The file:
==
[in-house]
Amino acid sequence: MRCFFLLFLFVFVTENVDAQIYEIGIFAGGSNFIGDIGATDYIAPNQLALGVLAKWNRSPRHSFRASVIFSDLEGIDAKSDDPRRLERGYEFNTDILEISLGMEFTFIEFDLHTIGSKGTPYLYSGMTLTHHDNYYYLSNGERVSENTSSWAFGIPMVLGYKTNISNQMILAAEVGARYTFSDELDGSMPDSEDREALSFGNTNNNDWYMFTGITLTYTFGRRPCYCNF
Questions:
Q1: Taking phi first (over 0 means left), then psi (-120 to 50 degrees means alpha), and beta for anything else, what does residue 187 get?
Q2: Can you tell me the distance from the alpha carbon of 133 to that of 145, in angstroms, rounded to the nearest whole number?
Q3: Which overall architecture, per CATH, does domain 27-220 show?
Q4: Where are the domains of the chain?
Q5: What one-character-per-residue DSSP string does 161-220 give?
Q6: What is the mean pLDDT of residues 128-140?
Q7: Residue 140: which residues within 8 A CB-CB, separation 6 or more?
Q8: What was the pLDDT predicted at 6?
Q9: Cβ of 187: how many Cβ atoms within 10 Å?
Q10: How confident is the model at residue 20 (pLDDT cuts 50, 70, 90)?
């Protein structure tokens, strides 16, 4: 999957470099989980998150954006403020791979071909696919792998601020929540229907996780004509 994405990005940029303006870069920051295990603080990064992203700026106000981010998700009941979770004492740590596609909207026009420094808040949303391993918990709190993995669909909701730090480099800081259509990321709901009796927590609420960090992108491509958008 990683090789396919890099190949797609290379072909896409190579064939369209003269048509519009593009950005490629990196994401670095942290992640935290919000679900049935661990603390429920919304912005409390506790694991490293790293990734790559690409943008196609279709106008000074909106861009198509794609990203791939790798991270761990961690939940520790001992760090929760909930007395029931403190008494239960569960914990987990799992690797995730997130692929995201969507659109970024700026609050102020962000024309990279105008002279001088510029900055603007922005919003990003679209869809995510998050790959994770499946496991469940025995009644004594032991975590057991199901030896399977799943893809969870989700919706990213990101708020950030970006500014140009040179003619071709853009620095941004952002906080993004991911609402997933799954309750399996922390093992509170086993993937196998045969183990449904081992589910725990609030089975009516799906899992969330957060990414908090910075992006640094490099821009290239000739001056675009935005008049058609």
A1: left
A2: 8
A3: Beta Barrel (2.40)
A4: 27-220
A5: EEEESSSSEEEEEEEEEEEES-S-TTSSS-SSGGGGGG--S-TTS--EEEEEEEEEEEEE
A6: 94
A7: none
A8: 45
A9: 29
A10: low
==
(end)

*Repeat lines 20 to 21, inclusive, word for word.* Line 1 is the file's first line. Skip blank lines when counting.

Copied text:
A6: 94
A7: none